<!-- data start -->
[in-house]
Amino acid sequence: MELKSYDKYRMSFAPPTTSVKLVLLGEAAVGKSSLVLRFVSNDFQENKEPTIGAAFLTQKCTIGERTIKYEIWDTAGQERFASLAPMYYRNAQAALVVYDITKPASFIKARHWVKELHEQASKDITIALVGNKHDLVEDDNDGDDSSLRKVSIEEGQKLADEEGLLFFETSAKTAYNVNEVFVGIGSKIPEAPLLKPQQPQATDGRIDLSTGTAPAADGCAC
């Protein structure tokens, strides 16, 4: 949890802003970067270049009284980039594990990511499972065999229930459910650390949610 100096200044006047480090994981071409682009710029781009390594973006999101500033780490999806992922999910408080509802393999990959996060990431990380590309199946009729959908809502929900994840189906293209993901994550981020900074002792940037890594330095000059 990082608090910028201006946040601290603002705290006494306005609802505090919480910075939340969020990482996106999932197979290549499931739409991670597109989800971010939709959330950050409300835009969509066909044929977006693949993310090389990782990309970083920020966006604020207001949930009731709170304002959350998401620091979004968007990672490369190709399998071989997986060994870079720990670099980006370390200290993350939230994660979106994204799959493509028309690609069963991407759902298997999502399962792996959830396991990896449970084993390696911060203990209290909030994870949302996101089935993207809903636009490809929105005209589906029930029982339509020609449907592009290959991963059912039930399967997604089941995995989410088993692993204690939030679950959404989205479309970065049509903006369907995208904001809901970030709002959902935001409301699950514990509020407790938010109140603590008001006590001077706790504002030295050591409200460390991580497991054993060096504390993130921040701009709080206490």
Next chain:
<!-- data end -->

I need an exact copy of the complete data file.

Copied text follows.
[in-house]
Amino acid sequence: MELKSYDKYRMSFAPPTTSVKLVLLGEAAVGKSSLVLRFVSNDFQENKEPTIGAAFLTQKCTIGERTIKYEIWDTAGQERFASLAPMYYRNAQAALVVYDITKPASFIKARHWVKELHEQASKDITIALVGNKHDLVEDDNDGDDSSLRKVSIEEGQKLADEEGLLFFETSAKTAYNVNEVFVGIGSKIPEAPLLKPQQPQATDGRIDLSTGTAPAADGCAC
């Protein structure tokens, strides 16, 4: 949890802003970067270049009284980039594990990511499972065999229930459910650390949610 100096200044006047480090994981071409682009710029781009390594973006999101500033780490999806992922999910408080509802393999990959996060990431990380590309199946009729959908809502929900994840189906293209993901994550981020900074002792940037890594330095000059 990082608090910028201006946040601290603002705290006494306005609802505090919480910075939340969020990482996106999932197979290549499931739409991670597109989800971010939709959330950050409300835009969509066909044929977006693949993310090389990782990309970083920020966006604020207001949930009731709170304002959350998401620091979004968007990672490369190709399998071989997986060994870079720990670099980006370390200290993350939230994660979106994204799959493509028309690609069963991407759902298997999502399962792996959830396991990896449970084993390696911060203990209290909030994870949302996101089935993207809903636009490809929105005209589906029930029982339509020609449907592009290959991963059912039930399967997604089941995995989410088993692993204690939030679950959404989205479309970065049509903006369907995208904001809901970030709002959902935001409301699950514990509020407790938010109140603590008001006590001077706790504002030295050591409200460390991580497991054993060096504390993130921040701009709080206490």
Next chain: